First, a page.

Democrats in the Senate have effectively hobbled our ability to defend America and the Free World against the terrorist enemy . . . S.L.
Obama: Techniques "did significant damage to America's standing in the world."
Obama is absolutely 180-degrees out of sync: the release of this report has done significant damage to America's standing in the world, and to our ability to defend ourselves against the terrorist threat.
Bottom Line Up Front:
Modern war is extremely political in nature, and prisoner of war camps are a political extension of the battlefield. It is the duty of the prisoner to resist his captors to the greatest extent possible, in order to deny the captors usable intelligence information, and to tie up enemy resources such as personnel used at guards, etcetera. The enemies of the Free World traditionally use prisoners to develop propaganda; the most classic examples of this were the US prisoner of war experiences in Korea and Vietnam. In this current war, our personnel held prisoner by the terrorist enemy (i.e. hostages) are used to give propaganda statements immediately prior to their beheadings.
With the release of this disgraceful document, the Democrats in the U.S. Senate have handed a strategic victory to the terrorist enemy. They have not only cataloged a menu of interrogation techniques - thus allowing the enemy to train and prepare their personnel against our intelligence collection efforts - they also have provided detained terrorists rights and privileges never before allowed prisoners of any previous conflict. They have in effect assisted the enemy in resisting our ability to obtain usable intelligence and have allowed them to tie up our personnel and funds in managing them.
The Democrats in the Senate have done a tremendous disservice to the honorable people of our security and intelligence agencies. This is nothing more than "America is Evil" repackaged. Combined with the release of the US Army's classified Field Manual involving interrogation techniques, the Report has effectively hobbled our efforts to combat terrorism. Senator Diane Feinstein is specifically duplicious because as chair of the Senate Intelligence Committee, she knew all along about what was going on; she was fully briefed.
In the course of my training and experience as a professional soldier, I have been subjected to everything in this report referred to as "torture" - short of "rectal feeding" and diapers. The techniques described in the report might fit the broadest interpretation of the definition of torture in the UN Declaration on Human Rights, but the way it was explained to me, these techniques are "symbolic torture" because we can't torture our own people, not even in training. Torture involves extreme pain, traumatic amputations, mutilation and permanent disfigurement.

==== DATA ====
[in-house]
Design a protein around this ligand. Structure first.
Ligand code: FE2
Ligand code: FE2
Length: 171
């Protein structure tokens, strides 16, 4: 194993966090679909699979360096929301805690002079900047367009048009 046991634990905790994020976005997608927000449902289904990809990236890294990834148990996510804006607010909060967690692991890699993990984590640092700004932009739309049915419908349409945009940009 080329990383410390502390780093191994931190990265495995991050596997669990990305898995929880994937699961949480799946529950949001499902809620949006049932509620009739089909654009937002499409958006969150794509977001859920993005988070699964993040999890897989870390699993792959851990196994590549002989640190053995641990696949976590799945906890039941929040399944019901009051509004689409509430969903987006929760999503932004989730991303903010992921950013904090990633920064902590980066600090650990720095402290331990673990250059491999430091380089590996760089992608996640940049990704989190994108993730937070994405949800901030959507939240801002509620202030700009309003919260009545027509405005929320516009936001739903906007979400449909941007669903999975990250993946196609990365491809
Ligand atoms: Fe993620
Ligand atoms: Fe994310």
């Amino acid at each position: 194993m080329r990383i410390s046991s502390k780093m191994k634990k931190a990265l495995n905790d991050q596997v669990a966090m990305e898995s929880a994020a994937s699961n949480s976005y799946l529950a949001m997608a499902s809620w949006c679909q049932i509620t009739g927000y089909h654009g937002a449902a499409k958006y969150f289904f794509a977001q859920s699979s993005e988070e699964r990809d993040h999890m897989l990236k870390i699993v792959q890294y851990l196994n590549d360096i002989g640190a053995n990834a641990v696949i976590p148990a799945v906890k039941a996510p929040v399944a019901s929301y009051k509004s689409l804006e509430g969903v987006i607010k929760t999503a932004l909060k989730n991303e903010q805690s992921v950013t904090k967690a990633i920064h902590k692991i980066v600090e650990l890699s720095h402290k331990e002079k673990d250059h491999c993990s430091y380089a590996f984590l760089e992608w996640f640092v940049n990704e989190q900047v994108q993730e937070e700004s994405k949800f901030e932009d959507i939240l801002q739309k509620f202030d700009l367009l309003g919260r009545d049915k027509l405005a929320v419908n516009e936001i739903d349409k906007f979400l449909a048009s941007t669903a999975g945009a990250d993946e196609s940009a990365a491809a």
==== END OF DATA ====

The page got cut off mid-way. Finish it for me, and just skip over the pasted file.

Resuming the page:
Regarding the rectal thing; this is a legitimate method of rehydration, particularly if an IV cannot be started. In the British military, soldiers are taught this technique so that non-medical personnel can treat injured and wounded soldiers without advanced medical training.
Of course like any civilized person I am against torture, and I am against the humiliating and degrading treatment of prisoners. The most effective method of making any person talk is the "good cop" approach and it is incredibly effective. Torture is actually counterproductive because it does not work; the recipient will tell you anything you want to hear to make it stop. Exploiting an individual's cultural / religious vulnerabilities is not torture, nor are sleep deprivation, playing loud music and diet manipulation - these are enhanced interrogation techniques and they are called that because they work.
To me, waterboarding is borderline in that it does cause a form of extreme pain - hence it meets the definition of torture - but it leaves no physical disfiguration. Waterboarding is an unpleasant experience that works incredibly well as an enhanced interrogation technique. This is besides the point, of course, because this specific method of questioning has been placed strictly off limits. Personally, I think this fact in and of itself should have remained classified, so that interrogators could at least use the suggestion of waterboarding as a method of coercion. Likewise the possibility of rendition.
This entire report should have remained classified. America has been weakened and our enemies have been made stronger; this is never a good thing and mark my words we will pay a dear price.